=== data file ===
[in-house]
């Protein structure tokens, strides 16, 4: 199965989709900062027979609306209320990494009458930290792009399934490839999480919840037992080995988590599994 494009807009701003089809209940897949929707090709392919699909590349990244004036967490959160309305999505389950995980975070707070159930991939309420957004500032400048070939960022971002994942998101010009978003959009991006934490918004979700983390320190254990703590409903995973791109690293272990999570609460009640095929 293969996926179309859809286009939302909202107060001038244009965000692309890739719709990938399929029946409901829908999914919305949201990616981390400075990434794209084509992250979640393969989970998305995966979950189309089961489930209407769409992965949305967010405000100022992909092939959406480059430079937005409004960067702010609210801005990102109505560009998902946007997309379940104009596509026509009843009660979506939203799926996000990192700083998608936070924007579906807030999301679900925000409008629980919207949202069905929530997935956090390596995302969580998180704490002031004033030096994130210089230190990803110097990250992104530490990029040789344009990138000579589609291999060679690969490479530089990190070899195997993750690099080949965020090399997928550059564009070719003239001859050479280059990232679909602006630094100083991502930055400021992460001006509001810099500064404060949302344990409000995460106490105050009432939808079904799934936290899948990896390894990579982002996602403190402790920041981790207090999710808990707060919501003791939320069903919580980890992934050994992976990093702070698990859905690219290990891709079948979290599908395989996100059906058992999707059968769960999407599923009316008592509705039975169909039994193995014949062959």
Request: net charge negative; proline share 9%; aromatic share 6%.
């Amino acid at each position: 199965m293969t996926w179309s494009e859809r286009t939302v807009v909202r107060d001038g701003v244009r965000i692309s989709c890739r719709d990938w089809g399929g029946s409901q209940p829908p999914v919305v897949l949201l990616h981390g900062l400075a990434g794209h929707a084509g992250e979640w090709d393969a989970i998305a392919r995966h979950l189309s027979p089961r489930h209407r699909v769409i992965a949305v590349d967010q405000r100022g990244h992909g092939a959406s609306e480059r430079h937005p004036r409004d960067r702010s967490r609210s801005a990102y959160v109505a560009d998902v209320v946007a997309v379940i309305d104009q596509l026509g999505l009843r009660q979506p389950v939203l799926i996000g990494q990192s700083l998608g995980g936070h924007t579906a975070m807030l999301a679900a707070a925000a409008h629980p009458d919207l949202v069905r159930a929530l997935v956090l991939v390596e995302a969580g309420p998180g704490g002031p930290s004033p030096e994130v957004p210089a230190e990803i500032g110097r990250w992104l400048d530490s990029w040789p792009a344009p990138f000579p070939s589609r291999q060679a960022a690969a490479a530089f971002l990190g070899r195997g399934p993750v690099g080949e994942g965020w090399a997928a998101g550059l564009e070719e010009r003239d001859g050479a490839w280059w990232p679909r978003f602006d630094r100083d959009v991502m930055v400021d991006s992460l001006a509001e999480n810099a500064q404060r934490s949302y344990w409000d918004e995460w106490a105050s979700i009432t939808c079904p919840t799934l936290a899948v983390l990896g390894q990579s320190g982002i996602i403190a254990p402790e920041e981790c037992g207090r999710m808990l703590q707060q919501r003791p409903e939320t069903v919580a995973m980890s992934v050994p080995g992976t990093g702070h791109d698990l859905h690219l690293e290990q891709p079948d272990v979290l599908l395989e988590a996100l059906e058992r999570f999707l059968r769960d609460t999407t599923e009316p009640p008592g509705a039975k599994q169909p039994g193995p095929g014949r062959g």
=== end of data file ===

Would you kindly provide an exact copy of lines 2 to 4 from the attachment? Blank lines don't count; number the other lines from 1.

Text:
């Protein structure tokens, strides 16, 4: 199965989709900062027979609306209320990494009458930290792009399934490839999480919840037992080995988590599994 494009807009701003089809209940897949929707090709392919699909590349990244004036967490959160309305999505389950995980975070707070159930991939309420957004500032400048070939960022971002994942998101010009978003959009991006934490918004979700983390320190254990703590409903995973791109690293272990999570609460009640095929 293969996926179309859809286009939302909202107060001038244009965000692309890739719709990938399929029946409901829908999914919305949201990616981390400075990434794209084509992250979640393969989970998305995966979950189309089961489930209407769409992965949305967010405000100022992909092939959406480059430079937005409004960067702010609210801005990102109505560009998902946007997309379940104009596509026509009843009660979506939203799926996000990192700083998608936070924007579906807030999301679900925000409008629980919207949202069905929530997935956090390596995302969580998180704490002031004033030096994130210089230190990803110097990250992104530490990029040789344009990138000579589609291999060679690969490479530089990190070899195997993750690099080949965020090399997928550059564009070719003239001859050479280059990232679909602006630094100083991502930055400021992460001006509001810099500064404060949302344990409000995460106490105050009432939808079904799934936290899948990896390894990579982002996602403190402790920041981790207090999710808990707060919501003791939320069903919580980890992934050994992976990093702070698990859905690219290990891709079948979290599908395989996100059906058992999707059968769960999407599923009316008592509705039975169909039994193995014949062959």
Request: net charge negative; proline share 9%; aromatic share 6%.
């Amino acid at each position: 199965m293969t996926w179309s494009e859809r286009t939302v807009v909202r107060d001038g701003v244009r965000i692309s989709c890739r719709d990938w089809g399929g029946s409901q209940p829908p999914v919305v897949l949201l990616h981390g900062l400075a990434g794209h929707a084509g992250e979640w090709d393969a989970i998305a392919r995966h979950l189309s027979p089961r489930h209407r699909v769409i992965a949305v590349d967010q405000r100022g990244h992909g092939a959406s609306e480059r430079h937005p004036r409004d960067r702010s967490r609210s801005a990102y959160v109505a560009d998902v209320v946007a997309v379940i309305d104009q596509l026509g999505l009843r009660q979506p389950v939203l799926i996000g990494q990192s700083l998608g995980g936070h924007t579906a975070m807030l999301a679900a707070a925000a409008h629980p009458d919207l949202v069905r159930a929530l997935v956090l991939v390596e995302a969580g309420p998180g704490g002031p930290s004033p030096e994130v957004p210089a230190e990803i500032g110097r990250w992104l400048d530490s990029w040789p792009a344009p990138f000579p070939s589609r291999q060679a960022a690969a490479a530089f971002l990190g070899r195997g399934p993750v690099g080949e994942g965020w090399a997928a998101g550059l564009e070719e010009r003239d001859g050479a490839w280059w990232p679909r978003f602006d630094r100083d959009v991502m930055v400021d991006s992460l001006a509001e999480n810099a500064q404060r934490s949302y344990w409000d918004e995460w106490a105050s979700i009432t939808c079904p919840t799934l936290a899948v983390l990896g390894q990579s320190g982002i996602i403190a254990p402790e920041e981790c037992g207090r999710m808990l703590q707060q919501r003791p409903e939320t069903v919580a995973m980890s992934v050994p080995g992976t990093g702070h791109d698990l859905h690219l690293e290990q891709p079948d272990v979290l599908l395989e988590a996100l059906e058992r999570f999707l059968r769960d609460t999407t599923e009316p009640p008592g509705a039975k599994q169909p039994g193995p095929g014949r062959g």